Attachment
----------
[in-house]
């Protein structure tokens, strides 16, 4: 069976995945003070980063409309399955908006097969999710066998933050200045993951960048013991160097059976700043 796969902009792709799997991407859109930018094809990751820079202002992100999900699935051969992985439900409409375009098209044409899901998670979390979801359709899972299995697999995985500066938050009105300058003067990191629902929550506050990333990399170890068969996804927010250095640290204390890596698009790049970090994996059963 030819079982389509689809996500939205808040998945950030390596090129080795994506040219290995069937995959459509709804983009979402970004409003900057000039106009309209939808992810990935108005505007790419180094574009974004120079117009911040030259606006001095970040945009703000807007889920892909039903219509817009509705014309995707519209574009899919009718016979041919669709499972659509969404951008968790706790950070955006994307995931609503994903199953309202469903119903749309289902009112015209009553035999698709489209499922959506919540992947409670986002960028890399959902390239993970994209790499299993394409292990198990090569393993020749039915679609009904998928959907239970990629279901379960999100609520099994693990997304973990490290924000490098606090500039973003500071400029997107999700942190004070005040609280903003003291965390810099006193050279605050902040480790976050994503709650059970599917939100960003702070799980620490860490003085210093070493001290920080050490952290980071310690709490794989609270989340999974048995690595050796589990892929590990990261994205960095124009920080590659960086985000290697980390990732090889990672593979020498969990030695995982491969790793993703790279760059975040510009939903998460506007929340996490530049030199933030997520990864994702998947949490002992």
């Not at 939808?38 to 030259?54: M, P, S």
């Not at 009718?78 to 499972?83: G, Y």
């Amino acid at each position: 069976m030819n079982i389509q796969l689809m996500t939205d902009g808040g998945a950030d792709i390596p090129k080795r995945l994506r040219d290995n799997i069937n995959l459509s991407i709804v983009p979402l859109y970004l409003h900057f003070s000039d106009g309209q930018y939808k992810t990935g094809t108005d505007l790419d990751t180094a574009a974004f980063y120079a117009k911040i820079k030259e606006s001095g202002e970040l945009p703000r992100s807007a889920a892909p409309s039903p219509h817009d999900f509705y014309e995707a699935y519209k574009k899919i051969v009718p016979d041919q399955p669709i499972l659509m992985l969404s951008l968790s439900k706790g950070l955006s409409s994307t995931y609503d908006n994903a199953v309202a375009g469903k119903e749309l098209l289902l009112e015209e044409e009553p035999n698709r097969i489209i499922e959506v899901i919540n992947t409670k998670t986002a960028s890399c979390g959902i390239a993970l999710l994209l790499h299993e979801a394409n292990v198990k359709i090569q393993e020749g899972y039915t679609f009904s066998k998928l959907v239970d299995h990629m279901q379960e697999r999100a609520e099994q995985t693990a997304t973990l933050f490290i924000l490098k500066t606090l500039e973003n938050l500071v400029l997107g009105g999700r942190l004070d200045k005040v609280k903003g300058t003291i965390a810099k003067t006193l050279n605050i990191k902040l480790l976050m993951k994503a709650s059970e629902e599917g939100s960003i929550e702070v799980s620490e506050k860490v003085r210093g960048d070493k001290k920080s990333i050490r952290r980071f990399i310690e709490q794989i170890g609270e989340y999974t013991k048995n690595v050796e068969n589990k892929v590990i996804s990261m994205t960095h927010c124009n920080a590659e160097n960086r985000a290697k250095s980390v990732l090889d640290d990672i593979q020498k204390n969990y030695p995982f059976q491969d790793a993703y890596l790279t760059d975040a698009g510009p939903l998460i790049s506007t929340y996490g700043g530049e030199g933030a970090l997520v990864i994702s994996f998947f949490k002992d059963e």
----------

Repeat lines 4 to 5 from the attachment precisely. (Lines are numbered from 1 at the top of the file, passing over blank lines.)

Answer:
């Not at 009718?78 to 499972?83: G, Y």
């Amino acid at each position: 069976m030819n079982i389509q796969l689809m996500t939205d902009g808040g998945a950030d792709i390596p090129k080795r995945l994506r040219d290995n799997i069937n995959l459509s991407i709804v983009p979402l859109y970004l409003h900057f003070s000039d106009g309209q930018y939808k992810t990935g094809t108005d505007l790419d990751t180094a574009a974004f980063y120079a117009k911040i820079k030259e606006s001095g202002e970040l945009p703000r992100s807007a889920a892909p409309s039903p219509h817009d999900f509705y014309e995707a699935y519209k574009k899919i051969v009718p016979d041919q399955p669709i499972l659509m992985l969404s951008l968790s439900k706790g950070l955006s409409s994307t995931y609503d908006n994903a199953v309202a375009g469903k119903e749309l098209l289902l009112e015209e044409e009553p035999n698709r097969i489209i499922e959506v899901i919540n992947t409670k998670t986002a960028s890399c979390g959902i390239a993970l999710l994209l790499h299993e979801a394409n292990v198990k359709i090569q393993e020749g899972y039915t679609f009904s066998k998928l959907v239970d299995h990629m279901q379960e697999r999100a609520e099994q995985t693990a997304t973990l933050f490290i924000l490098k500066t606090l500039e973003n938050l500071v400029l997107g009105g999700r942190l004070d200045k005040v609280k903003g300058t003291i965390a810099k003067t006193l050279n605050i990191k902040l480790l976050m993951k994503a709650s059970e629902e599917g939100s960003i929550e702070v799980s620490e506050k860490v003085r210093g960048d070493k001290k920080s990333i050490r952290r980071f990399i310690e709490q794989i170890g609270e989340y999974t013991k048995n690595v050796e068969n589990k892929v590990i996804s990261m994205t960095h927010c124009n920080a590659e160097n960086r985000a290697k250095s980390v990732l090889d640290d990672i593979q020498k204390n969990y030695p995982f059976q491969d790793a993703y890596l790279t760059d975040a698009g510009p939903l998460i790049s506007t929340y996490g700043g530049e030199g933030a970090l997520v990864i994702s994996f998947f949490k002992d059963e």